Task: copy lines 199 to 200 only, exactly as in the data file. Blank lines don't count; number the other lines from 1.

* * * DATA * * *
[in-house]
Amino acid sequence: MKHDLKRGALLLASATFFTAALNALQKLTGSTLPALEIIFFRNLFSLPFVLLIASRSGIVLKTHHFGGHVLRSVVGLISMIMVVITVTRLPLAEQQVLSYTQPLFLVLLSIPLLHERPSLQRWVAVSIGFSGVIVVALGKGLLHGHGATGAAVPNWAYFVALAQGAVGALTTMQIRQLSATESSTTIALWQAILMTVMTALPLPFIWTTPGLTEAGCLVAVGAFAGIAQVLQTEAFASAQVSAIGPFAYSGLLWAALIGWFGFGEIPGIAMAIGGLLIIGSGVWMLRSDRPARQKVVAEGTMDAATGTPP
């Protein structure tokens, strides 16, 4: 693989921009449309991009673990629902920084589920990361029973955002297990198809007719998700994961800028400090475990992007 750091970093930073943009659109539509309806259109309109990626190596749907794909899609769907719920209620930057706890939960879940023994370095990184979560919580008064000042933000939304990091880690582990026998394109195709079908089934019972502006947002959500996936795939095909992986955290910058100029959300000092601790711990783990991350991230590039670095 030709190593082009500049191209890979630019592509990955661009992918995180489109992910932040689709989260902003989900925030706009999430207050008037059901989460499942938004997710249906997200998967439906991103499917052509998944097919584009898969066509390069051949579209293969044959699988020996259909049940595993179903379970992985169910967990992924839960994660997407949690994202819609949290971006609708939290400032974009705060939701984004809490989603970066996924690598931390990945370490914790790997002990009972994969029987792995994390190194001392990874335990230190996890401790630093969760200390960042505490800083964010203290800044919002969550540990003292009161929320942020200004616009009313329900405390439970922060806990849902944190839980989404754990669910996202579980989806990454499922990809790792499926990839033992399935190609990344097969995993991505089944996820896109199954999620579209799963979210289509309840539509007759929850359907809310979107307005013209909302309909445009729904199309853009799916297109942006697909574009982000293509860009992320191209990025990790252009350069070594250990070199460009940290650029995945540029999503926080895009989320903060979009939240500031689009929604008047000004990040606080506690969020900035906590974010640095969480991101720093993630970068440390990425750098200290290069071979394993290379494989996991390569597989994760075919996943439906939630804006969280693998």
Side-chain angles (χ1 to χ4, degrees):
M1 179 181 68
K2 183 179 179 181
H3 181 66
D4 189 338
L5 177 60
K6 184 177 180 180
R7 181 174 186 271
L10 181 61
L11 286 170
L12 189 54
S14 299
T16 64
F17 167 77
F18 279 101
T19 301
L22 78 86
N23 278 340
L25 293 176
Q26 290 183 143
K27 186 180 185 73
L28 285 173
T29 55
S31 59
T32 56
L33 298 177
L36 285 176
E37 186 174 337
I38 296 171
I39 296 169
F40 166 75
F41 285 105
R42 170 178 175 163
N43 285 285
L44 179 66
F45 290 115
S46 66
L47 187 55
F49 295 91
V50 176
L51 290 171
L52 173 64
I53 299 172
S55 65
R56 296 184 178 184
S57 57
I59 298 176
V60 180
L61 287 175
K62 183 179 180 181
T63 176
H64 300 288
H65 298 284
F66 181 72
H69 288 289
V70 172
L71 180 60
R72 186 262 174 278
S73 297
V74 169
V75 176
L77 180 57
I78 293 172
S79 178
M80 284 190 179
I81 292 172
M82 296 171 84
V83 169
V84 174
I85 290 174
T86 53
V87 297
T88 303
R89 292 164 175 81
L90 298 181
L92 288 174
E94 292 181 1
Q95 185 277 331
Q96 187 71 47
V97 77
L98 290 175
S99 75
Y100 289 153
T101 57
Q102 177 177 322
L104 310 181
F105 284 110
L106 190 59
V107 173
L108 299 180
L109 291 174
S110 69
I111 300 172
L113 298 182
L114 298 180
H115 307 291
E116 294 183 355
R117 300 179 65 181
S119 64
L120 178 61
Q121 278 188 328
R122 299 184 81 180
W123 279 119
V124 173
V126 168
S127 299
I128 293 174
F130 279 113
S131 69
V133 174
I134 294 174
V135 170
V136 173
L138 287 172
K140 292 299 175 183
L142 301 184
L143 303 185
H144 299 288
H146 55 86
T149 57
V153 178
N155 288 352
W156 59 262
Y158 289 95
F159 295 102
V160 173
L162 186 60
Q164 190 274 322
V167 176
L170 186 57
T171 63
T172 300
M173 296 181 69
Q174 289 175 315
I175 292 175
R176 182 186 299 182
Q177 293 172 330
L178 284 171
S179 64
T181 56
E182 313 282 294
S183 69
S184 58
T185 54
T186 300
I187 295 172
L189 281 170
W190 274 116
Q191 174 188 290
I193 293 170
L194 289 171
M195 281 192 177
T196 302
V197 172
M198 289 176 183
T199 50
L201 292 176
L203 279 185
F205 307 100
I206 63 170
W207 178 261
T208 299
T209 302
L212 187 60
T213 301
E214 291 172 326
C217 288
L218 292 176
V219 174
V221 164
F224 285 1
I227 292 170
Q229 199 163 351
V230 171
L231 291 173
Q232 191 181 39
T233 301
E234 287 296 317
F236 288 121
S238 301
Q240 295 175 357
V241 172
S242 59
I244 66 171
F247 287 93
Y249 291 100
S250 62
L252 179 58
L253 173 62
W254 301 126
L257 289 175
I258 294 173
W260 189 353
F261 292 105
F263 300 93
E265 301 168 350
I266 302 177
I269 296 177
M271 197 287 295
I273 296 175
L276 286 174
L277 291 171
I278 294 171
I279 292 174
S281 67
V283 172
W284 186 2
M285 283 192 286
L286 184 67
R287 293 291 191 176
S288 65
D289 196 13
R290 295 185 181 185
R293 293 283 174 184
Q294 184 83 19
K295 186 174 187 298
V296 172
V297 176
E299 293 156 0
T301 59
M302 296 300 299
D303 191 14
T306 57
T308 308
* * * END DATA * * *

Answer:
E265 301 168 350
I266 302 177